LC3, as this new cement came to be known, makes it possible to nearly double the quantity of cement produced from the same quantity of limestone by substituting a large portion of clinker (an intermediary material made by heating limestone at very high temperatures) with calcined clay.

Limestone Calcined Clay Cement (LC3) has the potential to reduce CO2 emission by 20-30% compared to traditional cement; a major reduction considering that cement accounts for 5-8% of today’s manmade emissions.

LC3 is a low-carbon and low-cost cement that delivers similar or even superior performance properties compared to Portland cement. The blend can be easily manufactured in existing production lines, requiring only minor capital investments.

“The potential impact of the LC3 project is very significant. After water, concrete is the most used material in the world. Any emissions reduction will have a substantial impact”, explains Professor Scrivener who heads the LC3 project. “LC3 can become an essential construction material, especially in fast-growing emerging economies where minimising environmental impact and resource depletion are a top priority”. It is estimated that using LC3 instead of regular cement can save up to 500 million tonnes of CO2 per year by 2050 (equivalent to the emission of the UK or Canada). “If we want to advance the sustainability of concrete – its cost, availability and environmental footprint – we have to act before demand increases exponentially”, says Scrivener.

Industrial scale pilot projects were implemented in Cuba and India, and in both countries several structures were successfully built using the cement. Cuba will be the first country where LC3 will be produced at a commercial scale. It will enable to meet growing demand without large capital investments and whilst lowering the impact on the environment.

A chocolate mojito with a nice twist.


For more Information,
please contact:

École polytechnique fédérale de Lausanne
Mr. Rob Fielding
Tel: +41 21 693 10 28
robert.fielding@epfl.ch

Universidad Central de las Villas
Facultad de Construcciones/Faculty of Constructions
José Fernando Martirena Hernández (Prof. Dr.Sc. Ing.)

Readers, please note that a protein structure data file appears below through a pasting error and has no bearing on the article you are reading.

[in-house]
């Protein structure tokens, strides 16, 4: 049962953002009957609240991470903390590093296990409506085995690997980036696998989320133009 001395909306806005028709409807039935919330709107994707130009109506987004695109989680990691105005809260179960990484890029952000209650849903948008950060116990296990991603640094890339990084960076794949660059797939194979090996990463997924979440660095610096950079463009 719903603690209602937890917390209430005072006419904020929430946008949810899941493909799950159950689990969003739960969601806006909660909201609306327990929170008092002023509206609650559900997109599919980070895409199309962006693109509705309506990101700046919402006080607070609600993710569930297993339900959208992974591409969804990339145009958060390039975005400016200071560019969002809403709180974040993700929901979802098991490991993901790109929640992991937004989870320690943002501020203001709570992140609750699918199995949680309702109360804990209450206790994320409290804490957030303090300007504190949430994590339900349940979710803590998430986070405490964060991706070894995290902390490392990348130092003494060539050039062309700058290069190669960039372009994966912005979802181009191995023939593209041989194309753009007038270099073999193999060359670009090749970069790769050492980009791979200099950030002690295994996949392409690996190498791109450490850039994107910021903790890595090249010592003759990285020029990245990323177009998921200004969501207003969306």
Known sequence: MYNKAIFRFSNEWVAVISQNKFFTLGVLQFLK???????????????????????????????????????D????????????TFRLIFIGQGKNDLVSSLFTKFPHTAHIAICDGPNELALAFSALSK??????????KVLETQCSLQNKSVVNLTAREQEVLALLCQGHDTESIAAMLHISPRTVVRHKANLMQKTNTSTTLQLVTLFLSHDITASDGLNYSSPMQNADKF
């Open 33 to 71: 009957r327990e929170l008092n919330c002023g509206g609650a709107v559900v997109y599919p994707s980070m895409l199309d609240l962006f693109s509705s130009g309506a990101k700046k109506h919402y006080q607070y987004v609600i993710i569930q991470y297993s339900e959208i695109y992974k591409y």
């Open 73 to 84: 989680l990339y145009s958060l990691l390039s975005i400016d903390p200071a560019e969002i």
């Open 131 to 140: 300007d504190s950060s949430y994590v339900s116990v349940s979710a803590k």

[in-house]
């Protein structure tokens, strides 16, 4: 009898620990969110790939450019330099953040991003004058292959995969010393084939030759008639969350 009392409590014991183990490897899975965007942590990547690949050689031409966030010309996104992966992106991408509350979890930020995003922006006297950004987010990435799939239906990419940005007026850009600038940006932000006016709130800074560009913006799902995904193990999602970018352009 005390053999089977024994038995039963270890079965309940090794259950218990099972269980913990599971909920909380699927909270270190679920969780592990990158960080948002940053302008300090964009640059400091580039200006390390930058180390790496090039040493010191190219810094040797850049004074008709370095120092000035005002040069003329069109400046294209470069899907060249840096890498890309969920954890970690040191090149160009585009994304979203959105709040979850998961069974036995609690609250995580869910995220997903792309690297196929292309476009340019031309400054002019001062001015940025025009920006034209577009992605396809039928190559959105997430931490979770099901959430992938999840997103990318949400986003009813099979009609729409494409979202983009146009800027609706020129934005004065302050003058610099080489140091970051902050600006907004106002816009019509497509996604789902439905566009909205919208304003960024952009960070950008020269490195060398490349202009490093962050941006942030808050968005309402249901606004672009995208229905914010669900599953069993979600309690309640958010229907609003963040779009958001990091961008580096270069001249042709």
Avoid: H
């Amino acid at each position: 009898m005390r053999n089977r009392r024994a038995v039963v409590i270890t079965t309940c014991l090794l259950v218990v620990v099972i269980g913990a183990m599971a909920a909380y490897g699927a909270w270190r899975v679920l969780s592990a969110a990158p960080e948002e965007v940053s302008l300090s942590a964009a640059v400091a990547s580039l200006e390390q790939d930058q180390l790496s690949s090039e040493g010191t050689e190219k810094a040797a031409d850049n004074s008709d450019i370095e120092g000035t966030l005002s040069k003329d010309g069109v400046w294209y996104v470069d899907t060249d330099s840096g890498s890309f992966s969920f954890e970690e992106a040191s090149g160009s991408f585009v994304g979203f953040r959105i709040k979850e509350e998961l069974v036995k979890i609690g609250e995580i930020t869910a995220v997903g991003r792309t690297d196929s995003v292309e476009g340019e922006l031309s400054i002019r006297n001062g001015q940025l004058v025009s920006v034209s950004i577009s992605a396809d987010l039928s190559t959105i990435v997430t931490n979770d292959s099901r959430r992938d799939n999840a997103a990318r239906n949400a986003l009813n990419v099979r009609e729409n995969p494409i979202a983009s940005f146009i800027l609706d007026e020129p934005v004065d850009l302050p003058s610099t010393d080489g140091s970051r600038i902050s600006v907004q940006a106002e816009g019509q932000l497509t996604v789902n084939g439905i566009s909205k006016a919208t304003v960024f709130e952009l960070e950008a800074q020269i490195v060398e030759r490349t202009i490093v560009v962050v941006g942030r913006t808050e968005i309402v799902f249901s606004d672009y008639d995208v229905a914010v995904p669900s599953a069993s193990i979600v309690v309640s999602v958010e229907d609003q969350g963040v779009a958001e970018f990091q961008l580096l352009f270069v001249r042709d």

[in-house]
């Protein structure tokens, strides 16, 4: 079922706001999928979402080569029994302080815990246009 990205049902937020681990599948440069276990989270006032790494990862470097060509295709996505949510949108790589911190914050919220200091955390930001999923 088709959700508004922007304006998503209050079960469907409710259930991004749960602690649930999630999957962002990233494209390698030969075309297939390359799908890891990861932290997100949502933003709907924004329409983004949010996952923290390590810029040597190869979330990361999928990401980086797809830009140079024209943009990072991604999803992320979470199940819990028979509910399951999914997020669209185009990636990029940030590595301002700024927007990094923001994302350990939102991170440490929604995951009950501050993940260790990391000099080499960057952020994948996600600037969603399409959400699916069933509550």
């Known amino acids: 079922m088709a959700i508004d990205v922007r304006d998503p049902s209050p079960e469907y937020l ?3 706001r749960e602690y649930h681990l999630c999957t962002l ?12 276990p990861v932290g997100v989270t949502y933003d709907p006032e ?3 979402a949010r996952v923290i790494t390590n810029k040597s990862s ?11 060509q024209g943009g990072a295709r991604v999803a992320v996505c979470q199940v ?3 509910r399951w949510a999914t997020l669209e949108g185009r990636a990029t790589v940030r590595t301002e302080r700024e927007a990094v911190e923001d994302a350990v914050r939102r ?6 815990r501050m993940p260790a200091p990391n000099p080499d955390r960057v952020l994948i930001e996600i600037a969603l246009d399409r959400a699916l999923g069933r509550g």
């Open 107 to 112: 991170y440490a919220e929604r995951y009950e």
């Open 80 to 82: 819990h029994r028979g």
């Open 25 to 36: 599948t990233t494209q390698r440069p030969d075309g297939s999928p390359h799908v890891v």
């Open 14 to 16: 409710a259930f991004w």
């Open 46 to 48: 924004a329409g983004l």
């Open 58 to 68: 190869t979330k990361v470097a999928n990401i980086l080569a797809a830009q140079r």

Tel: +53 42 205872 ext 102
F.Martirena@enet.cu

Click the images below to download the English version or the Spanish version of the Press Release.

LC3-ForImmediateRelease_PressReleaseLC3-ForImmediateRelease_PressRelease-SPANISH

 

22Sep 2014

A new type of cement is currently being tested on a large scale in India. Known as LC3, this new blend substitutes up to half of the carbon intensive materials traditionally used to make cement in India

A consortium of researchers from Ecole Polytechnique Fédérale de Lausanne together with research and application partners from the Indian Institutes of Technologies of Delhi, Bombay and Madras as well as Technology and Action For Rural Advancement (TARA), New Delhi in partnership with universities in Cuba and Brazil have managed to double the quantity of cement produced from the same quantity of limestone by substituting a large portion of clinker (an intermediary material made by heating limestone at very high temperatures) with calcined clay. Limestone Calcined Clay Cement, or LC3, has the potential to generate 20-30% less CO2 emissions compared to traditional cement; a major reduction considering that cement accounts for 5-8% of today’s manmade emissions.

Materials such as slag and fly ash are already used worldwide to decrease the ratio of clinker needed to manufacture cement. However, these materials are not always available locally and their limited supply will not be able to meet the rapidly increasing demand for cement.

Global cement demand will double by 2050. By then, India will surpass China as the largest producer yet , India’s quarries are estimated to provide limestone for only 50-60 years more. LC3 can provide a long-term sustainable solution because it can use low grade kaolin clays, unsuitable for most industries and largely available in many parts of the word, including India”, explained Professor Karen Scrivener, LC3 project leader at Ecole Polytechnique Fédérale de Lausanne (EPFL).

LC3 is a low carbon and low cost cement that delivers similar or even superior performance properties compared to Portland cement. The blend can be easily manufactured in existing production lines, requiring only minor capital investments.

The potential impact of the LC3 project is very significant. After water, concrete is the most used material in the world. Any emissions reduction will have a substantial impact”, explains Professor Scrivener who heads the LC3 project. “LC3 can become an essential construction material, especially in fast-growing emerging economies where minimising environmental impact and resource depletion are a top priority”. It is estimated that using LC3 instead of regular cement can save up to 500 million tonnes of CO2 per year by 2050. “If we want to advance the sustainability of concrete – its cost, availability and environmental footprint – we have to act before demand increases exponentially”, says Scrivener.